Business aviation operators from outside the European Union will continue to be exempted from the EU emissions trading system (ETS) for international flights to and from the trading bloc – at least until 2021, when ICAO’s new global carbon offsetting scheme for aviation is scheduled to take effect.
Whether these exemptions remain in place beyond 2021 will depend on the level of international airline participation in ICAO’s Carbon Offsetting and Reduction Scheme for International Aviation (CORSIA).
In a 3 February draft proposal setting out its intention to keep the current ETS exemptions in place until the ICAO scheme is introduced, the Commission said: “To provide further momentum to international discussions on the remaining rules and governance necessary for the implementation of the GMBM [global market-based measure] it is proposed to continue the reduced scope application of the EU ETS (ie to flights between aerodromes located within the EEA [European Economic Area], as set out in Regulation No 421/2014) beyond 2016.”
ICAO has been working on developing a global measure to address aviation emissions for many years, and announced at its 39th Assembly last autumn that its member states had agreed to its CORSIA proposal.
The EU had originally intended to include intercontinental flights arriving at and departing from its members’ airports in its own ETS but agreed in November 2012 to temporarily suspend – or “stop the clock” on – their inclusion in the scheme, in order to give ICAO a chance to develop a global MBM. Without February’s proposal to maintain the status quo, international aviation emissions would have automatically been reincorporated into the ETS from 2017.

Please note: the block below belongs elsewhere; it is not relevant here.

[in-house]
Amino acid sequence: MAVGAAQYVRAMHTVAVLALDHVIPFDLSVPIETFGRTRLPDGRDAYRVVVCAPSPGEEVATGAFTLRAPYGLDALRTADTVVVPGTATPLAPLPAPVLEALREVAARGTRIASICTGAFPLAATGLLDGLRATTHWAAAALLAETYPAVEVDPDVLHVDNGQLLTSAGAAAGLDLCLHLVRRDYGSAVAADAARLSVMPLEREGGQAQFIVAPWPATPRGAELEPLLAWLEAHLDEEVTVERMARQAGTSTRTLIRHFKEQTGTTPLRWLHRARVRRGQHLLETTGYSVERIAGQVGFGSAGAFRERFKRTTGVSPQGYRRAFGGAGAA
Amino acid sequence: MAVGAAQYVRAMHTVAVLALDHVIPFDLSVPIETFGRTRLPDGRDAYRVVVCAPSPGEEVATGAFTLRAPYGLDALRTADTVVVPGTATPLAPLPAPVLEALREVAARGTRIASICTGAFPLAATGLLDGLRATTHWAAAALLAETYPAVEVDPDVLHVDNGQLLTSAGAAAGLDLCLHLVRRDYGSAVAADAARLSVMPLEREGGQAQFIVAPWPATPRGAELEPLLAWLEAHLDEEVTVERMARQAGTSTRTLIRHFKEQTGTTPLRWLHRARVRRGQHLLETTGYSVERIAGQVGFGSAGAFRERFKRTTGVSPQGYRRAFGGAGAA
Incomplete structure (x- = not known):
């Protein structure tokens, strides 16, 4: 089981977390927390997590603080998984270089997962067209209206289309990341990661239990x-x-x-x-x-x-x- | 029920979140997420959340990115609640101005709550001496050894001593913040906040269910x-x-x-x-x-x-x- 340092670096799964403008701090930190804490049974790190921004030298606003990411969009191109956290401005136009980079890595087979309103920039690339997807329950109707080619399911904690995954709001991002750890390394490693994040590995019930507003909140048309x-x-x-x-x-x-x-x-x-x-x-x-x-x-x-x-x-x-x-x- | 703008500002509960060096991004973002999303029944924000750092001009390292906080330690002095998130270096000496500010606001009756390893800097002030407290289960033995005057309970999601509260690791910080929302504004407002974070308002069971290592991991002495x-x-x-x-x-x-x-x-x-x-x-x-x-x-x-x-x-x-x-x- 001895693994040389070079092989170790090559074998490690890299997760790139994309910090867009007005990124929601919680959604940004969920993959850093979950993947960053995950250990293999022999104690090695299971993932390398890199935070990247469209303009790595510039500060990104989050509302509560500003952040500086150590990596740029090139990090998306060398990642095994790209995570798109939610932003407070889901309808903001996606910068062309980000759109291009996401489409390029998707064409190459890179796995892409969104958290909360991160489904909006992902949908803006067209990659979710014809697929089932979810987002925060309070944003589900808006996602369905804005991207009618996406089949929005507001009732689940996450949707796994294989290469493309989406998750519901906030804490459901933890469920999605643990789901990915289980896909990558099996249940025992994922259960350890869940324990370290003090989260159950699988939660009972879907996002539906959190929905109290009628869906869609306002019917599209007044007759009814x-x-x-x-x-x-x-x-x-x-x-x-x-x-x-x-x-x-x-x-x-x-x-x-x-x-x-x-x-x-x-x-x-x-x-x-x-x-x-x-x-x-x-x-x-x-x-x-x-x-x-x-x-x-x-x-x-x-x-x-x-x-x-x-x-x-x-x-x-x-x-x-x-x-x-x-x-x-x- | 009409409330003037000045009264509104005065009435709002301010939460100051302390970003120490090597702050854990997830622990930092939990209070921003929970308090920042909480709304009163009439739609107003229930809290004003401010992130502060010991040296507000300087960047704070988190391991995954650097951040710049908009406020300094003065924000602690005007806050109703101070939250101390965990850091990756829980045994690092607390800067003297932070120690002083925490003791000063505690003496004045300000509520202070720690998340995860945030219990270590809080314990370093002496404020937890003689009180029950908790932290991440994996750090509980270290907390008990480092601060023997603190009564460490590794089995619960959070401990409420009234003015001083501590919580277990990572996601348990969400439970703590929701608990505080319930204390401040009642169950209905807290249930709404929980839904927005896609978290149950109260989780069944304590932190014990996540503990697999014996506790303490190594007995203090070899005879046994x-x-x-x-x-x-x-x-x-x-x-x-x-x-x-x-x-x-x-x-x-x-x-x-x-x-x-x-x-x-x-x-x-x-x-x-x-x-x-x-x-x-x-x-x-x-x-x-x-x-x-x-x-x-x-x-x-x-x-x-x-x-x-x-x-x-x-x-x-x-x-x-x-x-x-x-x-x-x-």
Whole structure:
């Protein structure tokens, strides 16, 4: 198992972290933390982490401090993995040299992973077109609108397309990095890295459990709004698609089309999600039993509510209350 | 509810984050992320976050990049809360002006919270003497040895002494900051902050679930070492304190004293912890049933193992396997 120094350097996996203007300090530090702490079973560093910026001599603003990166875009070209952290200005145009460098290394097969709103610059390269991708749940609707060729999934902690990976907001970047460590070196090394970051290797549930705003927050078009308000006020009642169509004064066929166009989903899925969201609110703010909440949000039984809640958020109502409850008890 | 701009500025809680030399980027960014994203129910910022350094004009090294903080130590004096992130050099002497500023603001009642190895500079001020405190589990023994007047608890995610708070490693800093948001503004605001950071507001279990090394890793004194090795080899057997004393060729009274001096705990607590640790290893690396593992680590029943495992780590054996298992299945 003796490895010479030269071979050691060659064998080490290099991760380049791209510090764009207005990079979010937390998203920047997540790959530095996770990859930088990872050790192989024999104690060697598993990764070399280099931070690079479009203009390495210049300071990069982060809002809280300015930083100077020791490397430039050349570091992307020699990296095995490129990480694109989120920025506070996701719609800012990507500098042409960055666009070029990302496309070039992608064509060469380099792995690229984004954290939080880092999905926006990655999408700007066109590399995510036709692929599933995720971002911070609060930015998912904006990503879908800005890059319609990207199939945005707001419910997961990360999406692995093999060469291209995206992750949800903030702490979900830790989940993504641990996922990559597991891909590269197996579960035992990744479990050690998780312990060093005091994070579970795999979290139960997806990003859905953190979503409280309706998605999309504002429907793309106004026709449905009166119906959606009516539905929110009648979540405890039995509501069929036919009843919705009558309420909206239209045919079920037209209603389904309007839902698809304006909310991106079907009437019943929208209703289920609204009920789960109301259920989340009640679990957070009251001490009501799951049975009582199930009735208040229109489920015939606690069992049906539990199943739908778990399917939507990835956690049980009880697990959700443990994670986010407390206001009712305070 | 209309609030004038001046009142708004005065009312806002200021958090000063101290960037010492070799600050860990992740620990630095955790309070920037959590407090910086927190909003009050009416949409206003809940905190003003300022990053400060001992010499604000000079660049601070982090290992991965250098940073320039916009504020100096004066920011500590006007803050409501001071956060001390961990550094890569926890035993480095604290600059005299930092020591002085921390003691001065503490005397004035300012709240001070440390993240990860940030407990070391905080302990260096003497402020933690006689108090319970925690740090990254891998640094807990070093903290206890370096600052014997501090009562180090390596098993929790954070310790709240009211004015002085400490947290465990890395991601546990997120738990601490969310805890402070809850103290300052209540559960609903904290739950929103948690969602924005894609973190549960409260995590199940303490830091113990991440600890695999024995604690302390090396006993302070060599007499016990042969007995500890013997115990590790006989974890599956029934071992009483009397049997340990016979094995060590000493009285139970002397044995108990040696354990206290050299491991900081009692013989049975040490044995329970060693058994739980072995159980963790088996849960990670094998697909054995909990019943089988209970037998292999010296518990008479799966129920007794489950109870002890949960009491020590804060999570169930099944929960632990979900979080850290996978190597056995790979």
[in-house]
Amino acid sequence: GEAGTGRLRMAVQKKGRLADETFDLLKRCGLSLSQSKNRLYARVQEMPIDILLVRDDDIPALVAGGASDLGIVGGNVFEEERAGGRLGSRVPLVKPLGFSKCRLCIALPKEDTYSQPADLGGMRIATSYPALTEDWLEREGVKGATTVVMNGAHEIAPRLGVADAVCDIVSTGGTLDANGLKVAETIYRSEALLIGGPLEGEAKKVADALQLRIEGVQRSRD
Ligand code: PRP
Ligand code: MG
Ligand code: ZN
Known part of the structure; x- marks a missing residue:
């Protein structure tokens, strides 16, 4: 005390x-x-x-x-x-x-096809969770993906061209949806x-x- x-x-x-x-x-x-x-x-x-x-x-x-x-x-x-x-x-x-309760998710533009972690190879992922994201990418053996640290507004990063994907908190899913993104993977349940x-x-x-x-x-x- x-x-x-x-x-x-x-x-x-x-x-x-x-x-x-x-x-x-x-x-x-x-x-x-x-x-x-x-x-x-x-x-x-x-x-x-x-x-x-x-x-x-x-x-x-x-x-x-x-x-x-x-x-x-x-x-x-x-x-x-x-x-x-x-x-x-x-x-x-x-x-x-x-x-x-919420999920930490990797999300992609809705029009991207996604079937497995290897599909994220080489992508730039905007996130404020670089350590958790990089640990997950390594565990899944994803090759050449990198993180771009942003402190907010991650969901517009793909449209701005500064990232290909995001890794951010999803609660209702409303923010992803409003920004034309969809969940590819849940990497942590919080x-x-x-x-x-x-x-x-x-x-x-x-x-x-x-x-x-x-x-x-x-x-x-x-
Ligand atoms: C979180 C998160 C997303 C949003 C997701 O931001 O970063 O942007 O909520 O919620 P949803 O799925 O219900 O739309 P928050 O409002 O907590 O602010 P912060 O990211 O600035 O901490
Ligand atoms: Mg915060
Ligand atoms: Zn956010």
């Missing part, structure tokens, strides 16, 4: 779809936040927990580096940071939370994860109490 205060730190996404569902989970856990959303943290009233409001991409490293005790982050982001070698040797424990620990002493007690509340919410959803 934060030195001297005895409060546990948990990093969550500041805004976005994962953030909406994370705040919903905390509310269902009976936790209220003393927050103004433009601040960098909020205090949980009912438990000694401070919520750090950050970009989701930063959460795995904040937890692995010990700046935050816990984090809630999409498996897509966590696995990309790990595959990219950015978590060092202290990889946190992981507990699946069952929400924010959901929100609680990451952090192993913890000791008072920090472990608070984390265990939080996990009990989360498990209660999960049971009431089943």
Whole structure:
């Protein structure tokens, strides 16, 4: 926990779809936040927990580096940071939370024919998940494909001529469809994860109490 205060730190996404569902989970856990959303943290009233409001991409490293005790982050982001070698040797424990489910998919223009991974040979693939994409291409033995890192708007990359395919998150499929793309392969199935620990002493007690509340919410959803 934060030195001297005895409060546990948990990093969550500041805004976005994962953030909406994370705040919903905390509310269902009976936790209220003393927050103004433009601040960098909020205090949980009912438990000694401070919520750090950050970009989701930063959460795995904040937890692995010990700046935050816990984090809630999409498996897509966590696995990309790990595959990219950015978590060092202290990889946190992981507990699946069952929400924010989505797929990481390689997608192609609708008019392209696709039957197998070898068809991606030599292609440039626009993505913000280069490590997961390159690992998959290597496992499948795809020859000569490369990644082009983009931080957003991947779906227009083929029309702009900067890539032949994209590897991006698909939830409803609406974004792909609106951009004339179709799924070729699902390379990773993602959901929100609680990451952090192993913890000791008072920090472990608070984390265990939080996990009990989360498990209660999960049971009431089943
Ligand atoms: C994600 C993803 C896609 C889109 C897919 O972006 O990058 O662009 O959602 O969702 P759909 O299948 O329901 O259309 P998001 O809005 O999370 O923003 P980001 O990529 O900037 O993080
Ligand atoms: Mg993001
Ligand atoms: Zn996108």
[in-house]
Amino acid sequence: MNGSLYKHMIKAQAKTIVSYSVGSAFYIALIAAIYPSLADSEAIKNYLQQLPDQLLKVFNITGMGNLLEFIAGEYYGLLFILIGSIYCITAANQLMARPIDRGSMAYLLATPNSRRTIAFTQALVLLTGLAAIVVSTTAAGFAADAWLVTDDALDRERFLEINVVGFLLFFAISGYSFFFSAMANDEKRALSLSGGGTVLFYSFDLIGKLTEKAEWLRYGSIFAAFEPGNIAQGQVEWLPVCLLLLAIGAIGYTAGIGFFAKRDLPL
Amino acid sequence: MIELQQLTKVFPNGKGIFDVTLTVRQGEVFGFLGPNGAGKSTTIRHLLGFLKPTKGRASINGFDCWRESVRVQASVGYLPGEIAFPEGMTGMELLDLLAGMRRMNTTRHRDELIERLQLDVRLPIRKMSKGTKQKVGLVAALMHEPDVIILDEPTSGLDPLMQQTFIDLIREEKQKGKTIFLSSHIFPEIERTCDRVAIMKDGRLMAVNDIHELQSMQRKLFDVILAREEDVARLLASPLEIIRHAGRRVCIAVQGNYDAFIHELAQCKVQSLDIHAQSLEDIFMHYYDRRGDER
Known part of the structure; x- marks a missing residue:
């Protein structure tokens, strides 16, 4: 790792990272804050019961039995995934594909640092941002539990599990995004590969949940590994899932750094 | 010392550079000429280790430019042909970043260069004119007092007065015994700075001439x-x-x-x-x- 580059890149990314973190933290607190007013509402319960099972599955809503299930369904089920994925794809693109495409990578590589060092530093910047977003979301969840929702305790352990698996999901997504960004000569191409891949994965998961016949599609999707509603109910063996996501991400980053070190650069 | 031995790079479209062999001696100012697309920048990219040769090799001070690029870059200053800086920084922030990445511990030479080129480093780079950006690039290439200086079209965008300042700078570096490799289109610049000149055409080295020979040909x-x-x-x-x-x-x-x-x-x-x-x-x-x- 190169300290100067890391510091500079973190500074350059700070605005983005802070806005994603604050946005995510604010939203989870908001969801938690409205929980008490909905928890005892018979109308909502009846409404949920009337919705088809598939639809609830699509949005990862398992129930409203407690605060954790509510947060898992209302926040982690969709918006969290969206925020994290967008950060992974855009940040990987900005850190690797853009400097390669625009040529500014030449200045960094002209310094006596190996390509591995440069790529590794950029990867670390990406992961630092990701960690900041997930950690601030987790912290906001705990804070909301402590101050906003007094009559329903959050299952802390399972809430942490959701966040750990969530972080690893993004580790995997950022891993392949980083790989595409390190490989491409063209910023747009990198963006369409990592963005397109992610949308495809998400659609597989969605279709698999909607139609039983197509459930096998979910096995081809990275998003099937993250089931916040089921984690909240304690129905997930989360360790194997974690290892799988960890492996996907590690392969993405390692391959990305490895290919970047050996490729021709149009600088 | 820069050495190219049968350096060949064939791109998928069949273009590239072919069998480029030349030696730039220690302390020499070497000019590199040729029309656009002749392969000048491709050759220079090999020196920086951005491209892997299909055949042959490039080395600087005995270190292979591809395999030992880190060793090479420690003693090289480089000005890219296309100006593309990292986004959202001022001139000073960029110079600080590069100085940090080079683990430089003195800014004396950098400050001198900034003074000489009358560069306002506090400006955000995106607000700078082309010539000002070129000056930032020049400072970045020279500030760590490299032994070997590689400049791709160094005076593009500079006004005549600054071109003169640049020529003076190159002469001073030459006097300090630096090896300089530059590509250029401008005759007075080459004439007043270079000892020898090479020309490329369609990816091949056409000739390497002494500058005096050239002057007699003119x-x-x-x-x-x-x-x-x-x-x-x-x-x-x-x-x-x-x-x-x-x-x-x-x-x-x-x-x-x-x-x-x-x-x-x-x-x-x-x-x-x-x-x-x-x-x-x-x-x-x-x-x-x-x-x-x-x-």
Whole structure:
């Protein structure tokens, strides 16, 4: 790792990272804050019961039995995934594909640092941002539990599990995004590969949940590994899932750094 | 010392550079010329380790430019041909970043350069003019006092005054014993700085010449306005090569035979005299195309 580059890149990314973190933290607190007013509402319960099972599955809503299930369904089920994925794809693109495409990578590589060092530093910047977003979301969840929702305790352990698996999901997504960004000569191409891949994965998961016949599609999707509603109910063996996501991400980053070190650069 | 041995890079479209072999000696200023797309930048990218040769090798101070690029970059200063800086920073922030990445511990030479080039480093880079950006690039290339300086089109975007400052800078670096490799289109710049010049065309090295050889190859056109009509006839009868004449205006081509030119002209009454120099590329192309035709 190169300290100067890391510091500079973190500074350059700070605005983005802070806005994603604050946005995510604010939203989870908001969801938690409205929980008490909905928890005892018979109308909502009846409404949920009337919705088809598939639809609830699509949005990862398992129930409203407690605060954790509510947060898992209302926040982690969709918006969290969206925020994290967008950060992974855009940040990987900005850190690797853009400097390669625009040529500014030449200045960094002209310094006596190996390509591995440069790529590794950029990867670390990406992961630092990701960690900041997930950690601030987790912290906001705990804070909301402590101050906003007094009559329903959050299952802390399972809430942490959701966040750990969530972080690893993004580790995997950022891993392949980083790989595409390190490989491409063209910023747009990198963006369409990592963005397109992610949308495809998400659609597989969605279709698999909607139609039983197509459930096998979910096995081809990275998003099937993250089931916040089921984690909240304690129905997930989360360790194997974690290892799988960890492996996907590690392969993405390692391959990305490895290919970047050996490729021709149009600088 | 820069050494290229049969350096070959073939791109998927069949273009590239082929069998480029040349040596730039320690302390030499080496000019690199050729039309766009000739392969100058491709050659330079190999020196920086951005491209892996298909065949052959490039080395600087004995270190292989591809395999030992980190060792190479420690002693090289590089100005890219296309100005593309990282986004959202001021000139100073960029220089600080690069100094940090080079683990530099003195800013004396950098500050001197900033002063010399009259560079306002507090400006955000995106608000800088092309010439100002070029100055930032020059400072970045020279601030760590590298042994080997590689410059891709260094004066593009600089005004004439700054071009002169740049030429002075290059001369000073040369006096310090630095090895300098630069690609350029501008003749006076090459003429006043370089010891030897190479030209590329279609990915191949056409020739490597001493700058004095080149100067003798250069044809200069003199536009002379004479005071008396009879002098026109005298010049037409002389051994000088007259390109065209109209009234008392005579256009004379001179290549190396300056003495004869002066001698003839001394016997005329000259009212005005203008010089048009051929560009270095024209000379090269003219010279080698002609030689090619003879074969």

The National Business Aviation Association (NBAA) has welcomed Europe’s decision to keep these exemptions in place, arguing that the move “correctly reflects the need for a global aircraft emissions proposal”.
Under ICAO’s CORSIA scheme, most business aviation operators will be unaffected by the new global MBM as a result of a “small emitter” exemption, argued for by the NBAA and the International Business Aviation Council (IBAC). Operators emitting less than 10,000t of carbon dioxide a year will not be required to purchase offsets for their emissions.
“The small emitters exemption is an appropriate one, as it recognises business aviation’s innovation and voluntary efforts to reduce aviation’s global carbon footprint,” says NBAA chief executive Ed Bolen. “We are early adopters of technology, and practices that inherently reduce carbon emissions. As a result, business aviation makes up only a small fraction of total aviation emissions.”
However, it is worth emphasising that participation in CORSIA will be voluntary for the first six years, and the EU will be watching closely to see how many airlines voluntarily agree to offset their emissions.
The commission says in its February proposal: “Once there is more clarity about the nature and content of the legal instruments adopted by ICAO for the implementation of the GMBM, as well as about the intentions of our international partners regarding the implementation of the GMBM, a further assessment and review of the EU ETS for the post-2020 period will be carried out.”